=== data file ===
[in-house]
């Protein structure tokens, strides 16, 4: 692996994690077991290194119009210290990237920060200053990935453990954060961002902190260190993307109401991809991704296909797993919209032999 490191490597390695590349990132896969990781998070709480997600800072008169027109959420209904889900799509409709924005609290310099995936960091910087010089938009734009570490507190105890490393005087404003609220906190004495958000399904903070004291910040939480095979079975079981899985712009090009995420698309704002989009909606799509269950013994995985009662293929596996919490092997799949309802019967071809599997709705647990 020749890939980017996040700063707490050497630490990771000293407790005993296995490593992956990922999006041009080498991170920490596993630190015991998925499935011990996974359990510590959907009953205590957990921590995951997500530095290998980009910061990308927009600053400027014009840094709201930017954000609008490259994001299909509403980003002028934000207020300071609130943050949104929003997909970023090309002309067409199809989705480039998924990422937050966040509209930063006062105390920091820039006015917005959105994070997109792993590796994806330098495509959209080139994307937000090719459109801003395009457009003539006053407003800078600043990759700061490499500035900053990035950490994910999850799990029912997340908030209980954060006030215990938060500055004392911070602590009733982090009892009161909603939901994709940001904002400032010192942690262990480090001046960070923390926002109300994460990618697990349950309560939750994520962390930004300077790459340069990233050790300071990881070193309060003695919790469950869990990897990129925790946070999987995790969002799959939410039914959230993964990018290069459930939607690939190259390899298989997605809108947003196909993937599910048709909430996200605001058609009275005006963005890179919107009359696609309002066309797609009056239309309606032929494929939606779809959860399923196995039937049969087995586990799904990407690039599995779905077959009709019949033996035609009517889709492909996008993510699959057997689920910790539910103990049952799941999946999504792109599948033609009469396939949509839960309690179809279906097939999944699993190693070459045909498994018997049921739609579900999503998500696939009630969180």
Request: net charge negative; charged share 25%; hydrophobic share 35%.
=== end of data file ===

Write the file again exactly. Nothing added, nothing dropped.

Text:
[in-house]
């Protein structure tokens, strides 16, 4: 692996994690077991290194119009210290990237920060200053990935453990954060961002902190260190993307109401991809991704296909797993919209032999 490191490597390695590349990132896969990781998070709480997600800072008169027109959420209904889900799509409709924005609290310099995936960091910087010089938009734009570490507190105890490393005087404003609220906190004495958000399904903070004291910040939480095979079975079981899985712009090009995420698309704002989009909606799509269950013994995985009662293929596996919490092997799949309802019967071809599997709705647990 020749890939980017996040700063707490050497630490990771000293407790005993296995490593992956990922999006041009080498991170920490596993630190015991998925499935011990996974359990510590959907009953205590957990921590995951997500530095290998980009910061990308927009600053400027014009840094709201930017954000609008490259994001299909509403980003002028934000207020300071609130943050949104929003997909970023090309002309067409199809989705480039998924990422937050966040509209930063006062105390920091820039006015917005959105994070997109792993590796994806330098495509959209080139994307937000090719459109801003395009457009003539006053407003800078600043990759700061490499500035900053990035950490994910999850799990029912997340908030209980954060006030215990938060500055004392911070602590009733982090009892009161909603939901994709940001904002400032010192942690262990480090001046960070923390926002109300994460990618697990349950309560939750994520962390930004300077790459340069990233050790300071990881070193309060003695919790469950869990990897990129925790946070999987995790969002799959939410039914959230993964990018290069459930939607690939190259390899298989997605809108947003196909993937599910048709909430996200605001058609009275005006963005890179919107009359696609309002066309797609009056239309309606032929494929939606779809959860399923196995039937049969087995586990799904990407690039599995779905077959009709019949033996035609009517889709492909996008993510699959057997689920910790539910103990049952799941999946999504792109599948033609009469396939949509839960309690179809279906097939999944699993190693070459045909498994018997049921739609579900999503998500696939009630969180």
Request: net charge negative; charged share 25%; hydrophobic share 35%.